AISense investor David Cheriton wrote Google its first check

With a net worth of $1.3 billion, Cheriton is likely the wealthiest full-time academic in the world. But yachts are not his thing. The Stanford computer science professor calls himself “spoiled” for taking the occasional windsurfing vacation to Maui. When pressed to recall his latest splurge, the best he can come up with is a 2012 Honda Odyssey (“for the kids”). His act of thinking is often punctuated by the clicks of three different-colored ballpoint pens that he rotates through his fingers.

The one expensive passion he does pursue? “Startup companies,” he says, as he continues to shuffle his pens. Blue. Click. Red. Click. Black. Click.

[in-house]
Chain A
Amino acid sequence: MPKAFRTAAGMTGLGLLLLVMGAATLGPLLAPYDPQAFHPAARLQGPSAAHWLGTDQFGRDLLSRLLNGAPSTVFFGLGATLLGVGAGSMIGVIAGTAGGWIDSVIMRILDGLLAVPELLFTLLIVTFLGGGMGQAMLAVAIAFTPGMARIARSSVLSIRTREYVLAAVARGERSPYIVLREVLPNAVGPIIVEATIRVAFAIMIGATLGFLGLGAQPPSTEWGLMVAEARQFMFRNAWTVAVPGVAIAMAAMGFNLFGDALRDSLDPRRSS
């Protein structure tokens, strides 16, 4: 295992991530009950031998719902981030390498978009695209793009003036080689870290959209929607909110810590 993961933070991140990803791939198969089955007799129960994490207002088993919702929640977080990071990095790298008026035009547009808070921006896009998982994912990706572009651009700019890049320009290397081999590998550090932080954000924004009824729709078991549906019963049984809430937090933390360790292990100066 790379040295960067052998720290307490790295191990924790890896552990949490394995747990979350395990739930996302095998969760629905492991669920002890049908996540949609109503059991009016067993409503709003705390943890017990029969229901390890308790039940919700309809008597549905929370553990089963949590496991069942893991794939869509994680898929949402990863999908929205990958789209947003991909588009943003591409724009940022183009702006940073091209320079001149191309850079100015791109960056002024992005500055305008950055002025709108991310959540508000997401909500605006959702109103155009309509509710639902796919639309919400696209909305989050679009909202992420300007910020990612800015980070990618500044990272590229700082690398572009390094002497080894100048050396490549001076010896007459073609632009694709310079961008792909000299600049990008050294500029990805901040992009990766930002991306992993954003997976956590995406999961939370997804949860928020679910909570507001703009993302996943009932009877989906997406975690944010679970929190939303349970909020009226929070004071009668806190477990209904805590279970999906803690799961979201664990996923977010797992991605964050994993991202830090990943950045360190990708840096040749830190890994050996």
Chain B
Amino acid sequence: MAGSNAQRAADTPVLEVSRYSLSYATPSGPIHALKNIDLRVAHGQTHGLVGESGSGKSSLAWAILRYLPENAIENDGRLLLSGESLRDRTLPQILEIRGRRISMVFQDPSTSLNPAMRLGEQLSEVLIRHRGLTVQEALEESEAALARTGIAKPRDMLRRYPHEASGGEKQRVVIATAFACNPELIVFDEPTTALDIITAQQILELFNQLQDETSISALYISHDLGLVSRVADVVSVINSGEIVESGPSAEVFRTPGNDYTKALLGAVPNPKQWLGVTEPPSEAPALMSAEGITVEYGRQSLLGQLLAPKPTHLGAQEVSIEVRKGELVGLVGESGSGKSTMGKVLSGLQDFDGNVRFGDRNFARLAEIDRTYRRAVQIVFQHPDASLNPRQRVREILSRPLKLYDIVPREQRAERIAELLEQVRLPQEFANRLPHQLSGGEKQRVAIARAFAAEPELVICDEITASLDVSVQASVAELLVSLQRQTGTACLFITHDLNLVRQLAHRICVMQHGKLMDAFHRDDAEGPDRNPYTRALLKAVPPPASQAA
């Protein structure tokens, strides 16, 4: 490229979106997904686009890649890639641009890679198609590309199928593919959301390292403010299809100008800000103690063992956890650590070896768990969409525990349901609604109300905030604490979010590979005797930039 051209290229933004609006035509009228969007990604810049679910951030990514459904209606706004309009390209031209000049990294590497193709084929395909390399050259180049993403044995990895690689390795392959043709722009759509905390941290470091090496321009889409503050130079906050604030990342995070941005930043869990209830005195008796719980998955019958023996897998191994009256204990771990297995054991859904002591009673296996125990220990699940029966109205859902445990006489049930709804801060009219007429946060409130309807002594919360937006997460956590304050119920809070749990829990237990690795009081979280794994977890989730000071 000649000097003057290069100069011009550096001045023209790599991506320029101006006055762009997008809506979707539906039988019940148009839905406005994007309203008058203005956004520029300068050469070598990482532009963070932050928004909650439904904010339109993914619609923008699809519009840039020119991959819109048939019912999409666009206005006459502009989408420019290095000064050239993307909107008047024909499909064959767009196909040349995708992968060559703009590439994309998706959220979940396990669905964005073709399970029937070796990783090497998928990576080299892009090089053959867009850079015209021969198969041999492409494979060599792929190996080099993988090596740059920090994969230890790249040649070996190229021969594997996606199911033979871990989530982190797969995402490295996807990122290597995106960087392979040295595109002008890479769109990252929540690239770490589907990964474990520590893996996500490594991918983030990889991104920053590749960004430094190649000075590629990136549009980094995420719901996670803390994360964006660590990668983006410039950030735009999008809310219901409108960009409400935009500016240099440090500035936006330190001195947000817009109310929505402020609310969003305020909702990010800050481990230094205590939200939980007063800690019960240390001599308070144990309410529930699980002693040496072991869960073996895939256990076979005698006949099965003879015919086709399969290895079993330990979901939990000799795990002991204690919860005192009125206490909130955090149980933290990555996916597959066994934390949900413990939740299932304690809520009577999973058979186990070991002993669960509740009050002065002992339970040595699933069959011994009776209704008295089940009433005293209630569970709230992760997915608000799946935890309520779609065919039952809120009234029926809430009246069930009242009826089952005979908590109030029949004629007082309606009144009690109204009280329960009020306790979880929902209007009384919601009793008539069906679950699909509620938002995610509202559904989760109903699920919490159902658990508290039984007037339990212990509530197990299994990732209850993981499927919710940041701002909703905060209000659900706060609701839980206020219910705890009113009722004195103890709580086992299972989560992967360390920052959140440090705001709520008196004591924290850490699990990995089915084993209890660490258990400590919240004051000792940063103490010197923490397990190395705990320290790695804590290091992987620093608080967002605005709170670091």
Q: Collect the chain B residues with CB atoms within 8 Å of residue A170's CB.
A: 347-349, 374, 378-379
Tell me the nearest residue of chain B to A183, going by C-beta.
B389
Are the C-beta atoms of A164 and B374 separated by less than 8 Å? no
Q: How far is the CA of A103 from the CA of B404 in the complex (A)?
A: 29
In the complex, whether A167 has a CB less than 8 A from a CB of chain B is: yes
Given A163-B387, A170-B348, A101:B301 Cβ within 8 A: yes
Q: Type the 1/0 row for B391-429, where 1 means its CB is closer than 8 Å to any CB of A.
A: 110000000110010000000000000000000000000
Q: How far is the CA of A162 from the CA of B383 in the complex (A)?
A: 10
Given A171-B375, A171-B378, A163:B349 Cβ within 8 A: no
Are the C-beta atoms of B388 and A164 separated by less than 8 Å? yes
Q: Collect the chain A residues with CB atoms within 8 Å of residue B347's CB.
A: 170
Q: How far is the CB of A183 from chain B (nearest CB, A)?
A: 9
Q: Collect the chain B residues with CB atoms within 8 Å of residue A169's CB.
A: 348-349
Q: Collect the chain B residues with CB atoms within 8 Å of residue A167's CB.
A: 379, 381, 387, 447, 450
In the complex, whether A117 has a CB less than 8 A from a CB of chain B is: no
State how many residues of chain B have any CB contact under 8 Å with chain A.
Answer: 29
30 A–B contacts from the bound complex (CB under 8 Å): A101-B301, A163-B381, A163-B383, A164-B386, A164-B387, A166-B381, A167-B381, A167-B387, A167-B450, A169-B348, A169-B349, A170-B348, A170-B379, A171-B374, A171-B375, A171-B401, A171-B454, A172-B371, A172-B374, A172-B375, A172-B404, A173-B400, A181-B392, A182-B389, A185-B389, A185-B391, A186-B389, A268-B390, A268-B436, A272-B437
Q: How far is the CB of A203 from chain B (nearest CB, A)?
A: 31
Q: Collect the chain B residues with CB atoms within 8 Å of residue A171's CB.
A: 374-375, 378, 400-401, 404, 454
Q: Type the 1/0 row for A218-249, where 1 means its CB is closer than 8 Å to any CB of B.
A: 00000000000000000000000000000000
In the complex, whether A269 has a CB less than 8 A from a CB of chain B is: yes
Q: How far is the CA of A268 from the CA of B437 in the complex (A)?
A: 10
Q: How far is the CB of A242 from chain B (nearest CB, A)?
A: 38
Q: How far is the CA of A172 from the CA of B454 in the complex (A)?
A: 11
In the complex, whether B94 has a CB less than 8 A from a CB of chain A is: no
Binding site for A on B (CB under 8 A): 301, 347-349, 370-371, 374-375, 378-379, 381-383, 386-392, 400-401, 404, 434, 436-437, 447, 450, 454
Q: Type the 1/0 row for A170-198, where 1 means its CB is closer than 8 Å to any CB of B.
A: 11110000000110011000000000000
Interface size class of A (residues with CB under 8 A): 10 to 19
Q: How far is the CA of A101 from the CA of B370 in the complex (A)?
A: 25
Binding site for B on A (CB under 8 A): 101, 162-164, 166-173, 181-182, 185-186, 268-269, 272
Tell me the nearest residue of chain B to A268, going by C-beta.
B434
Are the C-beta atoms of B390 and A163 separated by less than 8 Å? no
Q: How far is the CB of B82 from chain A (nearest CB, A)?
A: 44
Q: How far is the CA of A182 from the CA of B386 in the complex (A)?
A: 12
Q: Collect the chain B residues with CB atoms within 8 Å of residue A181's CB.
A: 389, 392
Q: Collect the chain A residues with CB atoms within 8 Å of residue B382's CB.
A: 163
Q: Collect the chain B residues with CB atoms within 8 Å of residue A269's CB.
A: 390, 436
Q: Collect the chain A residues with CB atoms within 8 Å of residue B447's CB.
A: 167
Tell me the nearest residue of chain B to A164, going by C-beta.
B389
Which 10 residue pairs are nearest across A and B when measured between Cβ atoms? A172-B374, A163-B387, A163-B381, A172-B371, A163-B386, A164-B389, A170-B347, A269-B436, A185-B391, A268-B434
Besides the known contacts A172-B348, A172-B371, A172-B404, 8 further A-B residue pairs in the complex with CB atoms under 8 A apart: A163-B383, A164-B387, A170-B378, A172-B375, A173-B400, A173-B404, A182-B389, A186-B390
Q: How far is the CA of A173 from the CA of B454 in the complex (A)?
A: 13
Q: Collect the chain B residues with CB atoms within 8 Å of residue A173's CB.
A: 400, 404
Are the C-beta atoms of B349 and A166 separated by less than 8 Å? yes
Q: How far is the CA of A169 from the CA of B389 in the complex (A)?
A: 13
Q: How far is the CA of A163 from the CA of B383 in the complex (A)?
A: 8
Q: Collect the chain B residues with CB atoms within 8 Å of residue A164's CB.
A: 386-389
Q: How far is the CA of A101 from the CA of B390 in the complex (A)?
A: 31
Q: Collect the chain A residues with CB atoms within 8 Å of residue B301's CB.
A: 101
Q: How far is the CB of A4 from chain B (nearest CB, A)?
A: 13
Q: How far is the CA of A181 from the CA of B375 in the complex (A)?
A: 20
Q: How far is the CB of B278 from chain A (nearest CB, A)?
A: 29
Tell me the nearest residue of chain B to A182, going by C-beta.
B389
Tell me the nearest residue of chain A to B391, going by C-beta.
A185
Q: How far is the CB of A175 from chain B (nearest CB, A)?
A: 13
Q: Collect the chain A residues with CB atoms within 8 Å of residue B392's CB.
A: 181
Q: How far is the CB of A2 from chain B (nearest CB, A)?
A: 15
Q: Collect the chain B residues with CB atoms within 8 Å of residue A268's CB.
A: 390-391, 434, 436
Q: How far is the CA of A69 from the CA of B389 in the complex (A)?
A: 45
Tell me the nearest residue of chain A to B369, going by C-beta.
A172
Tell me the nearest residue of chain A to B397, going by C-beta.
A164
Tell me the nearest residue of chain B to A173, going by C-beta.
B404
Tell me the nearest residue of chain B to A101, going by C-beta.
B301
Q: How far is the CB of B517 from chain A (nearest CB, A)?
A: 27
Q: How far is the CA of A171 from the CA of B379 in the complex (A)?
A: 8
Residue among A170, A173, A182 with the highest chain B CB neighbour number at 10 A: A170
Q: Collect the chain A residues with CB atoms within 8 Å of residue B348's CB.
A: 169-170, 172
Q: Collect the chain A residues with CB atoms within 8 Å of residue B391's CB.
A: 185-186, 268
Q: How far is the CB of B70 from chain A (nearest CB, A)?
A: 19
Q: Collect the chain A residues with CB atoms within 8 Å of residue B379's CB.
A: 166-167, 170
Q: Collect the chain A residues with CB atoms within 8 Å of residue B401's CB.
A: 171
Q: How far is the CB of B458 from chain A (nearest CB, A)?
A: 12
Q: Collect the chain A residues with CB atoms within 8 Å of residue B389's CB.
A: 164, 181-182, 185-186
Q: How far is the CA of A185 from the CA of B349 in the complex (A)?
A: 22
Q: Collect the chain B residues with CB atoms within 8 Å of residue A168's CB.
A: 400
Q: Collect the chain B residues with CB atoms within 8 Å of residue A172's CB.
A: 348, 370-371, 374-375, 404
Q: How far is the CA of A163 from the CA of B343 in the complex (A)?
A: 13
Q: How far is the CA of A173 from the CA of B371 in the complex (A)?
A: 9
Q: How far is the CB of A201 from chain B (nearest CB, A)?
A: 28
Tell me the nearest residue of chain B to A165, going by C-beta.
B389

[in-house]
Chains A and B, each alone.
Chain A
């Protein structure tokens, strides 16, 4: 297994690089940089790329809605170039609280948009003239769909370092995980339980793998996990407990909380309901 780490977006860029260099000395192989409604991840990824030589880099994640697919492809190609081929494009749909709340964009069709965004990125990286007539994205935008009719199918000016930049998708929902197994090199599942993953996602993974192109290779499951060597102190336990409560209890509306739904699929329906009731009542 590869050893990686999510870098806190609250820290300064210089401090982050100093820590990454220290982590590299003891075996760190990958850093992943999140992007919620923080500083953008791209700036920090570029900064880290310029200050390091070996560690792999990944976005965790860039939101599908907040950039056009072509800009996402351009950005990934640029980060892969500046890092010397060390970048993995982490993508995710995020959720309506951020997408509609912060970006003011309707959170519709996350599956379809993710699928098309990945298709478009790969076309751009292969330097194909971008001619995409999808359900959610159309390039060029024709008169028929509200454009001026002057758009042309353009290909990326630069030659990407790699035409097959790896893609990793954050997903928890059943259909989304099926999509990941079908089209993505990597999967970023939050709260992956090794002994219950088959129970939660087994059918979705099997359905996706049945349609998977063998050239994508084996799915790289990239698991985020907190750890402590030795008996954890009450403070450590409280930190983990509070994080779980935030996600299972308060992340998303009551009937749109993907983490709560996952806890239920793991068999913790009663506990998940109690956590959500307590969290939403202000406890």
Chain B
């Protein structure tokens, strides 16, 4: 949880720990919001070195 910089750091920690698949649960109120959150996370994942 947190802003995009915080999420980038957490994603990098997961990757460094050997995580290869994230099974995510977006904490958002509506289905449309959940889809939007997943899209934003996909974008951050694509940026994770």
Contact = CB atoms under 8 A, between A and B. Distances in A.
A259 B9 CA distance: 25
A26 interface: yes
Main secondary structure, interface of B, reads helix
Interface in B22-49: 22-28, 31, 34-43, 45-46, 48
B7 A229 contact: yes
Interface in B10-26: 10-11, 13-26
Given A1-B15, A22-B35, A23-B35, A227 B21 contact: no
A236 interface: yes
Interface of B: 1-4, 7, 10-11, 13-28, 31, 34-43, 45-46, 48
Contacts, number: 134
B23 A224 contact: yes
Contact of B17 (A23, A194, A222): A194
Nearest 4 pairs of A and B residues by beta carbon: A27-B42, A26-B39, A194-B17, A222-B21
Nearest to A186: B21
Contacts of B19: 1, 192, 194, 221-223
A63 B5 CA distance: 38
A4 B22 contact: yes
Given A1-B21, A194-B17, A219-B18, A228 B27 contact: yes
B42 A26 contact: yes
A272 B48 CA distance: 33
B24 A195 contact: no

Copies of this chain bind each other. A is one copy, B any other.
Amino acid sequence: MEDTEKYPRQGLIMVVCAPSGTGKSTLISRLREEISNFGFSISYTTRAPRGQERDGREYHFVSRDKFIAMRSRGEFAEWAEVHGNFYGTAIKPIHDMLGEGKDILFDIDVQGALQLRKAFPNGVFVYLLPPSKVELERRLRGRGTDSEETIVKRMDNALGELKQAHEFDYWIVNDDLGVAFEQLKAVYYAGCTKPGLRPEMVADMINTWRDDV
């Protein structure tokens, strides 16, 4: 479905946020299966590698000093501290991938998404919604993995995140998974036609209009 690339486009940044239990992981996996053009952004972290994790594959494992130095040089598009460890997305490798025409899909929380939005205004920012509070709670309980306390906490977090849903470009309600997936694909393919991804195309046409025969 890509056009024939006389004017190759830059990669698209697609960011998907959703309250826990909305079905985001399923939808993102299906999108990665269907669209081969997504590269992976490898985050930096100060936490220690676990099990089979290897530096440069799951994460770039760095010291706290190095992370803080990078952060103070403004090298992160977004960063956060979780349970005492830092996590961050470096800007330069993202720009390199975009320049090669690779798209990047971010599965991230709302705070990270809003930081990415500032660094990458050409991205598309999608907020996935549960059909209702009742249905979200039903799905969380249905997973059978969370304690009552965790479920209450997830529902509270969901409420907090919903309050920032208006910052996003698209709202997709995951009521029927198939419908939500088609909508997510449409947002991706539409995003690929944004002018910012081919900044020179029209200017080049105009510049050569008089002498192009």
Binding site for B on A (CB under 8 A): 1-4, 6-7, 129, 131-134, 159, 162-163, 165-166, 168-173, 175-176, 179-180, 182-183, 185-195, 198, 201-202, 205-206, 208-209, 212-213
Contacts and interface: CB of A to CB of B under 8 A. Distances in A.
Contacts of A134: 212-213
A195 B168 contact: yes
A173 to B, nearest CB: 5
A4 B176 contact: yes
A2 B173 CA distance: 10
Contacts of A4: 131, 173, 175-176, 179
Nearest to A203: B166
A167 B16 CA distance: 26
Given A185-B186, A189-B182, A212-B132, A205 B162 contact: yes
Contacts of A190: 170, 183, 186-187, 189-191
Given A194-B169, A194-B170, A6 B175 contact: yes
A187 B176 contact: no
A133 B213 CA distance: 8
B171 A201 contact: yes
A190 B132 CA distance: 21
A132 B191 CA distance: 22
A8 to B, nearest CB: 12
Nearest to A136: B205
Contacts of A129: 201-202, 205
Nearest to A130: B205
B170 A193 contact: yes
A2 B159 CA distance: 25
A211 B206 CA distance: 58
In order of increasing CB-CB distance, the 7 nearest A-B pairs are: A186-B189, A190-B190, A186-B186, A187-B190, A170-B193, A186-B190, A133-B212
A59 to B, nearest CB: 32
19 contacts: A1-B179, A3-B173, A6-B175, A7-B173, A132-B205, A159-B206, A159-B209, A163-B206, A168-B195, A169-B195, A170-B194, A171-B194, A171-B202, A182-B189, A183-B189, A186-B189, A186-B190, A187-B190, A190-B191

When Cheriton uses one of those pens to write a check to a startup, he usually ends up more in the black than in the red. Far more in the black. The first two companies he founded were sold to Cisco Systems and Sun Microsystems, respectively, for hundreds of millions. In all he’s spent more than $50 million out of his own pocket, investing in 17 different firms, which range from VMware to his latest, Arista Networks. But the topper was a $100,000 check he wrote in 1998 to a pair of Stanford Ph.D. students named Larry and Sergey. That check alone is now worth more than $1 billion in Google shares. “I feel like I’ve been very fortunate in investing, but I still have the brain of a scrounger in terms of spending money,” he says.

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